Step 6: Cut That Can!

Step 6.

It's time to make the attachments for your handles.

First, mark off a 2"x2" square on the top half of the can.

Second, mark off another 2" x 2" square on the opposite side of the can.

Third, using your snipe nosed pliers and scissors cut the two vertical lines on the square, leaving the horizontal line as a mark for where you'll bend the can. You're essentially creating a flap which you will pull down, (repeat this step for the opposite side as well)

Finally, bend the flap down, toward the outside of the can, and trim off all but roughly 1" or so of the flap. (do this on both sides of the can)

Safety Note:Be very very careful when cutting and bending the can, those are some sharp edges!
<p>Brilliante!</p><p>Put the can in the fridge, why, why?</p><p>Ah, the water is solid, great idea. Just made a stove using aluminum cans, they neede holes around the top, I ended up after the third try using a #54 drill. This way could have worked for me.</p>
love the a roxet atove qouldnt have been too much more wprk but i can see how this is a faster project i dont underatand the big cuys and rolling for the hadles im making one now as i type(well not at type) but im running wire(can use coat hanger) from side to side of top of can and have more barrel to burn in. Do u plan on insulating if so i was jw what you you use.
Me like
The handles are a great feature
Nice instructable but if you would please make another one out of a metal folgers coffee can so I can get an idea.
I made a variation on this by making a large square hole at the bottom of the vertical wall and fed in wood from there. it was a bit like a rocket stove but more simple.
Paul I much enjoyed this. Your like me with this creativeness. I attempted a wood-gas stove before and it was much like this, but I like your design much more. It seems alot more stable. You could probably make the ventilation holes a little bit bigger tho, it'll eat through wood a little faster, but it'll burn hotter. And as far as feeding the flame, i always liked using long pencil sized sticks and laying them horizontally across the two open slits and as they burn through the center you just kinda push the rest in and its almost like a self-feeding fire.
Thanks! I'd love to make another one, I'd like to make a simpler handle design. Bigger ventilation holes would also be an improvement but it burned quite well.
Oh! Well if it works well then just use it. No need to fix something that isn't broken ehh? Haha Keep up the good work! =D
I like it!<br>I have one big question for you tough,<br>are you sure that all these metal heating is not a danger? I mean they could produce toxic fume landing in our foods?<br>thanks!
It's true that certain cans unfortunately have a BPA lining, while some others don't. If the can does have such a lining it will quickly burn off leaving only the tin. I find this stove to be most useful for cooking with a covered pot or pan, the lid offers protection against smoke and ash and also conserves heat allowing you to cook more efficiently.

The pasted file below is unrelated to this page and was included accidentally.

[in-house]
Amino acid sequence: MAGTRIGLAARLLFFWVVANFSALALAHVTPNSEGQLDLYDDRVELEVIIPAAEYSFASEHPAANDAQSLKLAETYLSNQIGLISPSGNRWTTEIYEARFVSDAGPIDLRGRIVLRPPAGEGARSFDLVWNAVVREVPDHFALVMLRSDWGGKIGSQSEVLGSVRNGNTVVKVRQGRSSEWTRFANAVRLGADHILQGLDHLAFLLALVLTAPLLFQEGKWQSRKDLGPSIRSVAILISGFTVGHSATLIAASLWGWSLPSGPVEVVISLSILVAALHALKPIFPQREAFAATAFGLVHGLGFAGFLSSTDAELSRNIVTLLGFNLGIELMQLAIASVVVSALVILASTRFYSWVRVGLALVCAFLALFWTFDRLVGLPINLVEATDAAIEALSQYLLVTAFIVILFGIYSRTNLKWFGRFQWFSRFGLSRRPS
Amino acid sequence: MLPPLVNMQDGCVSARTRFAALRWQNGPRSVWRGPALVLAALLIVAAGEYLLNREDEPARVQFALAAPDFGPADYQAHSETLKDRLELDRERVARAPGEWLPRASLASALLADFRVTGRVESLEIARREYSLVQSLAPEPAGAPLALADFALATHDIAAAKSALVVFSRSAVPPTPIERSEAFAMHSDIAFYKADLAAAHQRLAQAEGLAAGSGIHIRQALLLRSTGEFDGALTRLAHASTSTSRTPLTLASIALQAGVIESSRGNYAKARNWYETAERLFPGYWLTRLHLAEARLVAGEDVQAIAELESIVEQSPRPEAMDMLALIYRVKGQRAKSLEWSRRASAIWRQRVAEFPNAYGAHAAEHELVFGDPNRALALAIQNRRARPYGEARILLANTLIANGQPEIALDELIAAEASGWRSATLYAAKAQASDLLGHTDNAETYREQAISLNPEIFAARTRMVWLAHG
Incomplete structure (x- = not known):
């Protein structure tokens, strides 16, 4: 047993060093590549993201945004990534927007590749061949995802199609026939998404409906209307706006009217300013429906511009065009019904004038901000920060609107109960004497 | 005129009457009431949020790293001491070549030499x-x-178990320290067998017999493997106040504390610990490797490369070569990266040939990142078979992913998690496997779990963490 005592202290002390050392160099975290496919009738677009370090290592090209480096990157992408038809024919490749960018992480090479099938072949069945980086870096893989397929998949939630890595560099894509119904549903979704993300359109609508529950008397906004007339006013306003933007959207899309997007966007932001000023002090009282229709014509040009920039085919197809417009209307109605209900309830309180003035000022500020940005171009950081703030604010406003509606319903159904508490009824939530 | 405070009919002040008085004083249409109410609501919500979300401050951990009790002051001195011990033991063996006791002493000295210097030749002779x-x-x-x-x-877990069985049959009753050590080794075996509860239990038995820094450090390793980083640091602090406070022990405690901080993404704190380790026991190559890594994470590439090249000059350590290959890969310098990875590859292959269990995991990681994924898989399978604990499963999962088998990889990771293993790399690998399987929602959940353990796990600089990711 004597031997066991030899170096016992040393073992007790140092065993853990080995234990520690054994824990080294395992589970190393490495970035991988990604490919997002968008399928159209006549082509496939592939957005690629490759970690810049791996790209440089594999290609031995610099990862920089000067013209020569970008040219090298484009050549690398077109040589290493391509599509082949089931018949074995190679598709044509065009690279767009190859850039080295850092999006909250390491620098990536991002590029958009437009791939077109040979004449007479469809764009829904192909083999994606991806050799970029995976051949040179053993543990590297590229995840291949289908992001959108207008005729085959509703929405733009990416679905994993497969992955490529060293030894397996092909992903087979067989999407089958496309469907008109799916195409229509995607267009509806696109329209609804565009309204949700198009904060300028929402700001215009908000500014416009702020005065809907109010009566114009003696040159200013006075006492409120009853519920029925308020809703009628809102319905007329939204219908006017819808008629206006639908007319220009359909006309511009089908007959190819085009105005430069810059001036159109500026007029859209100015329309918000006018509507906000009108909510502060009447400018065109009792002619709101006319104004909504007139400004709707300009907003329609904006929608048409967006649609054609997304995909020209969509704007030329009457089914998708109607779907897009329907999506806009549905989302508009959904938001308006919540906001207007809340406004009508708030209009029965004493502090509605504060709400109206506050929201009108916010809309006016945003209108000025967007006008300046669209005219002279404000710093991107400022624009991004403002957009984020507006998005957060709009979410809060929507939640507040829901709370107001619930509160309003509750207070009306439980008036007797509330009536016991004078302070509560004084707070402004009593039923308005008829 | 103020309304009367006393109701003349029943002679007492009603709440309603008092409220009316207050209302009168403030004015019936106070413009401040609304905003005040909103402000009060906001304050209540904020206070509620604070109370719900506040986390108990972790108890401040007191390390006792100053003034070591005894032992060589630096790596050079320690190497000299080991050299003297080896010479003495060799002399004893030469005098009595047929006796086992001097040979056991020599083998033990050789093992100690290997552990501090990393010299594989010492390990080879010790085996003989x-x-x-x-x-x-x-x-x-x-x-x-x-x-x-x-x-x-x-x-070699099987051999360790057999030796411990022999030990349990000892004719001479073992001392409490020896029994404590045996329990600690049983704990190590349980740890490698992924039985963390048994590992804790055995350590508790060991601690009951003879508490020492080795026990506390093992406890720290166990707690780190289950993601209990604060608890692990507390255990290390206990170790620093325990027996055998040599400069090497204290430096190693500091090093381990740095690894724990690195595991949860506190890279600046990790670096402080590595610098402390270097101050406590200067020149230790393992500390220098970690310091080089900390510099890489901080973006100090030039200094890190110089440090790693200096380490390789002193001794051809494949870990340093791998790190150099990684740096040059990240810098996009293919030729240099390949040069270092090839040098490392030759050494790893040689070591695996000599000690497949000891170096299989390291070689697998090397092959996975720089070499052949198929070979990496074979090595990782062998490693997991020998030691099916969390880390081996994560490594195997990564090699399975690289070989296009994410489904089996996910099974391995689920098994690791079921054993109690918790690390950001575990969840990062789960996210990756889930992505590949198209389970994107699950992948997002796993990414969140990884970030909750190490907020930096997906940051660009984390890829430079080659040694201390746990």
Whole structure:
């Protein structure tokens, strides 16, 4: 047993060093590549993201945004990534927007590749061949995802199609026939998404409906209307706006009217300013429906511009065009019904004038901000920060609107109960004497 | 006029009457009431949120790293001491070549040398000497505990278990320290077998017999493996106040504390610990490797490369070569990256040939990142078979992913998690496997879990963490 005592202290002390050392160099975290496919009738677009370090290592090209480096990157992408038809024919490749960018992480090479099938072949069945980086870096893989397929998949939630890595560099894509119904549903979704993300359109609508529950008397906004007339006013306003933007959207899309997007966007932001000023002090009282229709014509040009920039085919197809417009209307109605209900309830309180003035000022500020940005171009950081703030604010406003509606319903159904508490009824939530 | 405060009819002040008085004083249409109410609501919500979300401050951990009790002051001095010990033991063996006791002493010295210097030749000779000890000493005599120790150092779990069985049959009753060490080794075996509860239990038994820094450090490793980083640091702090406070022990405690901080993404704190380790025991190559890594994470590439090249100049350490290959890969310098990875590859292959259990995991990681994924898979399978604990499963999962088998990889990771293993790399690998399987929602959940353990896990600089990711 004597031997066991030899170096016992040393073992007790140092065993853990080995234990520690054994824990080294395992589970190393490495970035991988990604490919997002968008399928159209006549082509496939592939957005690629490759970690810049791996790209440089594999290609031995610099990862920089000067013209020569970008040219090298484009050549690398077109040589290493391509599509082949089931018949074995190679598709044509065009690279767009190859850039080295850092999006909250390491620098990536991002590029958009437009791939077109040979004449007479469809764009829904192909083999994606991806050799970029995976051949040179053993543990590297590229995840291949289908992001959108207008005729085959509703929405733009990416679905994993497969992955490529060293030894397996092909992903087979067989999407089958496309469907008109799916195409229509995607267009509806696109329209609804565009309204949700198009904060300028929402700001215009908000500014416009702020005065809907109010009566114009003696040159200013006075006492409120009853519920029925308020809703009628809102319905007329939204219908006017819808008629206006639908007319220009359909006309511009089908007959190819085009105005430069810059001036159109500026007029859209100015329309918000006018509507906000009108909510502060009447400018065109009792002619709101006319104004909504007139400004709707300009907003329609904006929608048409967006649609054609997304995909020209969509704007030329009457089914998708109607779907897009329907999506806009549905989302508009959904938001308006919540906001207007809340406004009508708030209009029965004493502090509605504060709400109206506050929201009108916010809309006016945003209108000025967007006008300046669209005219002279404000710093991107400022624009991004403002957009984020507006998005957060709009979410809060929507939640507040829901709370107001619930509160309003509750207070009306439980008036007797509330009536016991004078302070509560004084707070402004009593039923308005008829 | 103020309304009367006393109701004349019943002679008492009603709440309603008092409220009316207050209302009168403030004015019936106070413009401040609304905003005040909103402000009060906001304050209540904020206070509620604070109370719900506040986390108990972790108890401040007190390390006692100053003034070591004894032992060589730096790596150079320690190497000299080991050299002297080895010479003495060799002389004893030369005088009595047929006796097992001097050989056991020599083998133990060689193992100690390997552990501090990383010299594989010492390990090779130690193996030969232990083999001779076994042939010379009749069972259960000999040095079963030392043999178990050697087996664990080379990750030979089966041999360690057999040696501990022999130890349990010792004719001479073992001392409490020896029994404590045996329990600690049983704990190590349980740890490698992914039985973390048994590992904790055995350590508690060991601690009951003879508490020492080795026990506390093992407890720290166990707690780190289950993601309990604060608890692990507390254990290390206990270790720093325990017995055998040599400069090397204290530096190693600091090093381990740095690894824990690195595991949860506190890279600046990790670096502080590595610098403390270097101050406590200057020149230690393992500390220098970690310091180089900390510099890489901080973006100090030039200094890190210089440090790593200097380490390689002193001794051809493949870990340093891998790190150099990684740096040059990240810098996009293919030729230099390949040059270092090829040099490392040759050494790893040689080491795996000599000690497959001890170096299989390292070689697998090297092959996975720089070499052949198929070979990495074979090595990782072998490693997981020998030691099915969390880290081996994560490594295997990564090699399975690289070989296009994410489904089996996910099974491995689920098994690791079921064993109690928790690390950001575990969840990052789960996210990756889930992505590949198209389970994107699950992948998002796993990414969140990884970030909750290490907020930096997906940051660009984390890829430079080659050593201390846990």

Thanks for the information! I will make sure to use an lid if I need to use it one day(I builded one, I was too curious :-))
I really like the ice in the can idea as a stabilizer for punching holes. Very clever.
Thanks, glad you enjoyed it
This is neat! Hope you win!
Thanks! T'would be nice to have some new camping gear.
Made these over 50 years ago in Girl Scouts. Differences - ours were used with the open end of the can on the ground over the fire. The solid end on top gave you a stable base for a pot. Ventilation holes were punched on the vertical sides of the can at the top &amp; bottom before cutting out the bottom of the can. Fewer vents at the top edge. We used empty tuna cans filled with strips of corrugated cardboard, then filled with melted parafin. Cheap homemade sterno.
I'd love to take a look at one of those, sounds like an interesting design.
Nice, simple, elegant! <br><br>A tip when cooking a steel or aluminum pot like this over open flame: give the pot's surface a light coating of dish soap. It prevents the black soot from permanently adhering to the metal surface, and cleanup is a breeze.<br><br>How many uses do you think you can get out of a stove like that, I wonder? (please keep writing instructables!)
That's a great tip, I'll have to try it out. A stove like this seems best fit for cooking with pots and pans (preferably with a lid) but you could also roast hot dogs, marshmallows, or the like over the flame. Also, you may potentially be able to carry the embers from one camp site to another to aid in starting a new fire, so long as they aren't hot enough to burn your fingers. I wouldn't recommend doing it but if you were in an emergency situation, it may prove to come in handy
nice stove might try this myself. Also good tip about birch bark, it will even lite after being in water.
not too shabby! I'd go with a #10 can maybe to give more heat, although it's lots bigger...institutional can of tomato sauce for group spaghetti! to get your vent holes in faster you might give sand a try instead of filling with water and freezing it. I like that you can add wood from the sides! good job!
Sand! Brilliant! I may make another stove and would love to give that a try

About This Instructable




More by PaulEl:Tin Can Camping Stove How to make a bird feeder out of Ikea plates 
Add instructable to: